Discovery March 11 announced that its shareholders have approved various matters relating to its $43 billion acquisition of WarnerMedia from AT&T to create the new media company Warner Bros. Discovery. The transaction affords Discovery minority ownership and majority control of WarnerMedia assets, which include Warner Bros. Pictures, Turner and HBO, including subscription streaming service HBO Max.

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At the special meeting of Discovery shareholder held earlier today (March 11), based on estimated preliminary voting results, stockholders voted to approve the charter amendment proposals, share issuance proposal and the advisory (non-binding) compensation proposal. The approvals mark the completion of one of the few remaining closing conditions for the merger.  These preliminary voting results will be updated through a regulatory filing to reflect the final certification of results from Discovery’s Inspector of Election.

The acquisition is expected to close early in the second quarter of 2022, subject to other customary closing conditions. The boards of directors of both AT&T and Discovery have now approved the transaction.

WarnerMedia, Discovery Cease All Business Operations in Russia

Warner Bros. Pictures nixing distribution of The Batman in Russia was just the tip of the iceberg. Parent WarnerMedia is reportedly shuttering all business operations in the country (effective today, March 9) in response to Russian President Vladimir Putin’s ongoing military invasion into neighboring Ukraine.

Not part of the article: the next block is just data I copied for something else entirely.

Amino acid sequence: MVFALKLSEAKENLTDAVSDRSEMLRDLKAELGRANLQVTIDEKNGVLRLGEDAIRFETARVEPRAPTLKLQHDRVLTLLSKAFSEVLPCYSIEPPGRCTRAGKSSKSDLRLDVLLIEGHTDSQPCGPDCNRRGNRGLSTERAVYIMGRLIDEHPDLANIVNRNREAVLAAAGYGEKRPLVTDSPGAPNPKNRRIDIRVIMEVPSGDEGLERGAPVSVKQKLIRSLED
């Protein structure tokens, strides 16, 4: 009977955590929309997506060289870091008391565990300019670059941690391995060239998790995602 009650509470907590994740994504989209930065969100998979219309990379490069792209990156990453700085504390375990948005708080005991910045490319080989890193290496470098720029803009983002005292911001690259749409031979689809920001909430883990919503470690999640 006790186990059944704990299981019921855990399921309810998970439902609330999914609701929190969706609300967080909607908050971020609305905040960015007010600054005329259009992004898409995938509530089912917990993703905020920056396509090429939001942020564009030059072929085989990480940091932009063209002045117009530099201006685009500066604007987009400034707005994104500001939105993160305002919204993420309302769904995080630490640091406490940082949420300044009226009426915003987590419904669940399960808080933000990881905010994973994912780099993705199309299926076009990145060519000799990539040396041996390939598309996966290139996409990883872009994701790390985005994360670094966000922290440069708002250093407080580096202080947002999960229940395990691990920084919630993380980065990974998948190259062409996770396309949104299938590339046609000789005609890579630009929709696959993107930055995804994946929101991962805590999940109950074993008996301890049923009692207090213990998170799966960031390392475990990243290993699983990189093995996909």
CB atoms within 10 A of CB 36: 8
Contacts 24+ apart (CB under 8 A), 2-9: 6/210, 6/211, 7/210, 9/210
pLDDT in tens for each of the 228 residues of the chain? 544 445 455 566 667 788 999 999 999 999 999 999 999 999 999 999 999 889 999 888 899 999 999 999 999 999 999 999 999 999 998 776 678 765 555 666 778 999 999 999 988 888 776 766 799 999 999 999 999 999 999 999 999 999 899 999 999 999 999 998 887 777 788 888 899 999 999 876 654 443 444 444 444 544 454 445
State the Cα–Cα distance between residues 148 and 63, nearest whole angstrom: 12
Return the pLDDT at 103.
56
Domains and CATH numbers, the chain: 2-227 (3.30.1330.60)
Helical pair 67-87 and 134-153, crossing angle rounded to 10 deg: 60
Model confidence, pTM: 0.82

“Following the Russian invasion of Ukraine, WarnerMedia is pausing all new business in Russia,” CEO Jason Kilar wrote in a staff memo. “This includes ceasing broadcast of our channels, halting all new content licensing with Russian entities and pausing our planned theatrical and games releases.”

Separately, Discovery, which is acquiring operational control of WarnerMedia, halted operations of 15 broadcast channels it owns and operates through a joint venture with Russia’s National Media Group.

In addition to joining the global outrage to Putin’s unprovoked military aggression, Discovery and WarnerMedia have joined a growing group of Western media that has ceased operations in Russia due to new government-mandated press restrictions.

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On March 4, Russia’s parliament unanimously voted to punish media organizations reporting news not approved by the Kremlin. Dissemination of so-called “fake news” could be met with a sentence up to 15 years in jail. The new law is aimed at halting news critical of the Ukraine invasion. Putin has called his invasion a “special military operation,” and Russian occupying troops “peacekeepers.”

The censorship law, which is on top of government rules mandating Western media distributors carry 20 Russian government channels, prompted Netflix last week to halt operations in the country.